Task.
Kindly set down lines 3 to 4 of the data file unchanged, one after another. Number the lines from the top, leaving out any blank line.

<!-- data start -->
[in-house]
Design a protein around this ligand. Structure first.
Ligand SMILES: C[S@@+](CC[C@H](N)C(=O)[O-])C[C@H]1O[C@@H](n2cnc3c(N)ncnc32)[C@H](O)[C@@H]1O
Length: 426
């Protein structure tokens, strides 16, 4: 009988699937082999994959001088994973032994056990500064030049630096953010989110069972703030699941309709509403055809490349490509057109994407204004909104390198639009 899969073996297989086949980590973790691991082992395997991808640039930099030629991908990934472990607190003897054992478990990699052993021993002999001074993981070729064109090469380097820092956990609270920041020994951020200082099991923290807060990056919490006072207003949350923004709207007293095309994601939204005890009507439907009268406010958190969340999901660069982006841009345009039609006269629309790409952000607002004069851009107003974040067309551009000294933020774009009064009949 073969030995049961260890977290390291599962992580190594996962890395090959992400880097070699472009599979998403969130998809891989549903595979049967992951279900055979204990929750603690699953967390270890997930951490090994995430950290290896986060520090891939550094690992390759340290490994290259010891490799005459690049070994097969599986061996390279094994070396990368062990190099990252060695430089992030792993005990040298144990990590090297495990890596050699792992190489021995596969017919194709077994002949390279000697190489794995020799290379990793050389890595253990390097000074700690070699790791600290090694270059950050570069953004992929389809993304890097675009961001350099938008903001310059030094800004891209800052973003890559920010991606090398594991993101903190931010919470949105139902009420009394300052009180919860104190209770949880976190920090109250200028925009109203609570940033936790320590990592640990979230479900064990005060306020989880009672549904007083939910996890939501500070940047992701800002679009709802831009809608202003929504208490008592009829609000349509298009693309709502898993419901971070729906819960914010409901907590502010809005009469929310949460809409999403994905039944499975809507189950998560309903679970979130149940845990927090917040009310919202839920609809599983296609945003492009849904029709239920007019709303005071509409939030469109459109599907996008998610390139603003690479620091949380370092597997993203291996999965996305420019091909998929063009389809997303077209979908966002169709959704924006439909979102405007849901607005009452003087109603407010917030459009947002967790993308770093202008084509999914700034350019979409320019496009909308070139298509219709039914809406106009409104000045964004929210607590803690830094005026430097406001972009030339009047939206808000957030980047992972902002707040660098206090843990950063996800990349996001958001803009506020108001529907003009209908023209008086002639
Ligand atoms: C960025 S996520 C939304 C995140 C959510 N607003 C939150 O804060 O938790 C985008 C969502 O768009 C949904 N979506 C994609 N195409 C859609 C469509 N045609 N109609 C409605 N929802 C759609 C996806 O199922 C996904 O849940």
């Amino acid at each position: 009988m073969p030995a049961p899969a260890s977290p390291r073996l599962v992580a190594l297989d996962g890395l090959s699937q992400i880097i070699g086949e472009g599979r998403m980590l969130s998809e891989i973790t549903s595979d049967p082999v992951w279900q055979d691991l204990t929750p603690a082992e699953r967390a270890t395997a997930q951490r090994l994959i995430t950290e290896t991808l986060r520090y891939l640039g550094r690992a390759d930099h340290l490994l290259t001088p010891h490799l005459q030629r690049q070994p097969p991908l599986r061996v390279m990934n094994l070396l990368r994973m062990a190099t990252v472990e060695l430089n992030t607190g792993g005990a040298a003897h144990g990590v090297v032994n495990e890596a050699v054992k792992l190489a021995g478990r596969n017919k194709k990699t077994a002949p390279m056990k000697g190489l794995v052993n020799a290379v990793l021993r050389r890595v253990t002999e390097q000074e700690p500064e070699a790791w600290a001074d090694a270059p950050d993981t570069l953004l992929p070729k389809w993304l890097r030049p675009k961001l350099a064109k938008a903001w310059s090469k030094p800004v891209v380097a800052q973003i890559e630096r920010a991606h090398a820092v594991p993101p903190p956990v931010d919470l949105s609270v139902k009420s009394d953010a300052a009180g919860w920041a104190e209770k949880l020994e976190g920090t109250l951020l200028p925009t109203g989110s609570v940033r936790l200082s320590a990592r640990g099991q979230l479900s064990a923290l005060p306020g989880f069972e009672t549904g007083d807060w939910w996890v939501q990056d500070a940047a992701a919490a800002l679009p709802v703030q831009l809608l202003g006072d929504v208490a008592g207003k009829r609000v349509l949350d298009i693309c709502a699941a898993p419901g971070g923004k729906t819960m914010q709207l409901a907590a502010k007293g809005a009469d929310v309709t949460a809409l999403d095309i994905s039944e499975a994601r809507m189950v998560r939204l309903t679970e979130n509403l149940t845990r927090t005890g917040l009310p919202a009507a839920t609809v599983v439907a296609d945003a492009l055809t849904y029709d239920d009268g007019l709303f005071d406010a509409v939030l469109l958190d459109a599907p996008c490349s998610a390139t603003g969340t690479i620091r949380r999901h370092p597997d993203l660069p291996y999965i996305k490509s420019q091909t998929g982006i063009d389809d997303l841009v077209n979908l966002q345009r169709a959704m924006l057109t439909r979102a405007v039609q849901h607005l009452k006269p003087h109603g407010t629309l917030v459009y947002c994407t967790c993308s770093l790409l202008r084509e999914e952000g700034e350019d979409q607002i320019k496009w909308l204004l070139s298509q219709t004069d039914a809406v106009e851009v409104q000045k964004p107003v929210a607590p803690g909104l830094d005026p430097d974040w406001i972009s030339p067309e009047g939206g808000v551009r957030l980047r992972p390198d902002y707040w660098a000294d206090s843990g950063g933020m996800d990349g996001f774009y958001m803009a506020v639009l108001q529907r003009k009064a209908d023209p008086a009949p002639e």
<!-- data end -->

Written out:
Ligand SMILES: C[S@@+](CC[C@H](N)C(=O)[O-])C[C@H]1O[C@@H](n2cnc3c(N)ncnc32)[C@H](O)[C@@H]1O
Length: 426